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|Title: ||Characterization of factors influencing the regulation of dietary folic acid deposition in the eggs|
|Authors: ||Tactacan, Glenmer|
|Supervisor: ||House, James (Animal Science)|
|Examining Committee: ||Guenter, Wilhelm (Animal Science) Rodriguez-Lecompte, Juan (Animal Science) Diehl-Jones, William (Nursing) Korver, Doug (Animal Science, University of Alberta)|
|Graduation Date: ||October 2011|
|Keywords: ||folic acid|
|Issue Date: ||24-Jun-2011|
|Citation: ||G. B. Tactacan, M. Jing, S. Thiessen, J. C. Rodriguez-Lecompte, D. L. Connor, W. Guenter, and J. D. House (2010). Characterization of folate-dependent enzymes and indices of folate status in laying hen supplemented with folic acid or 5-methyltetrahydrofolate. Poultry Science 89:688-696.|
G. B. Tactacan, J. C. Rodriguez-Lecompte, K. O, and J. D. House (2011). Functional characterization of folic acid transport in the intestine of the laying hen using the everted intestinal sac model. Poultry Science 90:83-90.
|Abstract: ||The enrichment of egg with folate is a viable option for supplying the general population of a food product rich in natural folates. However, attempts to increase the concentration of folate in egg beyond the achieved level of enrichment had been unsuccessful because egg folate reached a maximum plateau when folic acid (FA) was increased in the diet. Thus, experiments were conducted to determine the factors regulating the deposition of dietary FA into the eggs. In the first study, the effect of feeding equimolar intake of FA and 5-methyltetrahydrofolate (5-methylTHF), the biologically active form of folate; on egg folate concentrations, indices of folate status, and activities of folate-dependent enzymes was evaluated. Folic acid and 5-methylTHF demonstrated equivalent effects in enhancing the egg folate concentrations and improving the indices of folate status in the laying hen. The activities of folate-dependent enzymes were similar between the two forms of folate except for hepatic dihydrofolate reductase (DHFR) activity which increased in FA-fed birds compared to 5-methylTHF-fed birds. However, this demonstrated the ability of the laying hen to metabolically convert FA into its biologically active forms. Therefore, the influence of intestinal FA absorption in the regulation of FA deposition in the egg was subsequently evaluated. Using the in vitro everted intestinal sac technique, FA was absorbed in all regions of the intestine. Absorption was maximum at acidic pH 6.0, and increased in the duodenum and jejunum compared to the ileum and cecum. The rate of FA absorption in the jejunum diminished at higher FA concentrations. Therefore, further study was conducted to determine the regulation of FA absorption when levels of FA in the laying hen diet are increased. Supplementation of increased FA levels resulted to a down-regulation of FA absorption in the duodenum, but not in the jejunum of the laying hen. This down-regulation was not associated to a decreased mRNA gene expression of the duodenal folate transporters. Overall, decreased intestinal rate of FA absorption possibly associated to a post-transcriptional or translational regulation of specific folate transporters in the intestine of the laying hen may contribute to the saturation in the egg folate concentration.|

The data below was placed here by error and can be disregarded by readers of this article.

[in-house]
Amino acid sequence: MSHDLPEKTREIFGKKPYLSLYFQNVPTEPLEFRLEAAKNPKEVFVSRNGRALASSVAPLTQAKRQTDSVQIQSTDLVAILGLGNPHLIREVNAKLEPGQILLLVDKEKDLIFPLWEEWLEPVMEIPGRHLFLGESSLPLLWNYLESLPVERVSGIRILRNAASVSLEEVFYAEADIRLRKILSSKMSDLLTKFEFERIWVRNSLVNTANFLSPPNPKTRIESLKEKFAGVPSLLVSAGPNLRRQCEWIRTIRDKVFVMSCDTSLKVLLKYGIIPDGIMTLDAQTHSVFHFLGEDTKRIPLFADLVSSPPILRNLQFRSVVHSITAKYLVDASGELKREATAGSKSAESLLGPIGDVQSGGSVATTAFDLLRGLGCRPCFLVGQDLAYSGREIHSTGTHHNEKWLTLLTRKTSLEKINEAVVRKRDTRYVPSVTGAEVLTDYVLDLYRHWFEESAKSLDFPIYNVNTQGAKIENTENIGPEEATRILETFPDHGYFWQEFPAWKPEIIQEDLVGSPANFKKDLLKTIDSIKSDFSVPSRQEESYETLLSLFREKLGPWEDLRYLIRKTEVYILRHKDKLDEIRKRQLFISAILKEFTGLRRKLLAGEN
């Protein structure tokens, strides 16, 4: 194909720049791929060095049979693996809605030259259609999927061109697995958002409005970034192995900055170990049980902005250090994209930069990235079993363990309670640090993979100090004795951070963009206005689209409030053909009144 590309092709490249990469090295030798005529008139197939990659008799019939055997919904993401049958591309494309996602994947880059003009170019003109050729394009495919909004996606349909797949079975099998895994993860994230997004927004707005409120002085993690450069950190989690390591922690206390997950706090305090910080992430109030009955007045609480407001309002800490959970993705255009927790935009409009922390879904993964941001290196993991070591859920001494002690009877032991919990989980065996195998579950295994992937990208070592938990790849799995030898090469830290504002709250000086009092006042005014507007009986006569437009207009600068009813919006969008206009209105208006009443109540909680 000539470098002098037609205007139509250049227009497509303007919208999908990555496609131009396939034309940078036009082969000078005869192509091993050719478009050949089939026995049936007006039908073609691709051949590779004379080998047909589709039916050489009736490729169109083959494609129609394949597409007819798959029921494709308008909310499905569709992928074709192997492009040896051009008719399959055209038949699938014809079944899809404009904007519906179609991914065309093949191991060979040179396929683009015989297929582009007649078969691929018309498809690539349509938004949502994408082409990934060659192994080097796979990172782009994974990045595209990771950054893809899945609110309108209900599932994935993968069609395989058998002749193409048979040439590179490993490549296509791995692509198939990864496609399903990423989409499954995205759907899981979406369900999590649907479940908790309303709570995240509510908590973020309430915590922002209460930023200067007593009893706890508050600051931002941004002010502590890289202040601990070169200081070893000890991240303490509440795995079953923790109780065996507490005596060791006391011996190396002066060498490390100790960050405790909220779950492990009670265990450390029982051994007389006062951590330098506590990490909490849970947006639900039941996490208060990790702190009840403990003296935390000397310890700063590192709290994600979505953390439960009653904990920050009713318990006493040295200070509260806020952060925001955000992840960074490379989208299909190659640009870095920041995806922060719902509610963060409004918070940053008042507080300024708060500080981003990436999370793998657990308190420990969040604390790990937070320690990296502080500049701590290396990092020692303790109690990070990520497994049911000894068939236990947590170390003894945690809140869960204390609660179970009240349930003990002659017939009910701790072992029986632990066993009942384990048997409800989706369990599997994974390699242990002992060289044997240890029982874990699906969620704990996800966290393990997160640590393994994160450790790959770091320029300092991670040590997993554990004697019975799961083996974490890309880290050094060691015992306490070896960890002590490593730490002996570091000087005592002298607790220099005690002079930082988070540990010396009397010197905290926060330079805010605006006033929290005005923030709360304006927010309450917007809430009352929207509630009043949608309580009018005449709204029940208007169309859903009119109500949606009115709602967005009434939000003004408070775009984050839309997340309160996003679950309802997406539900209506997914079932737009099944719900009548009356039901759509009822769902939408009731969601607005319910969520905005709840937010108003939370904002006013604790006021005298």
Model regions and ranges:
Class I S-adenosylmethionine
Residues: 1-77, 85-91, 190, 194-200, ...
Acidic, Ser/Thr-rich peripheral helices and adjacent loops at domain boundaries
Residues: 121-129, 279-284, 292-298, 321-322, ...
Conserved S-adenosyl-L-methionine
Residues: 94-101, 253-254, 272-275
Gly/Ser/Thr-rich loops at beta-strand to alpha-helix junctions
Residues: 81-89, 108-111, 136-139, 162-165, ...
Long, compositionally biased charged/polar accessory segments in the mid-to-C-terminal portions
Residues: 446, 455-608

|Appears in Collection(s):||FGS - Electronic Theses & Dissertations (Public)|
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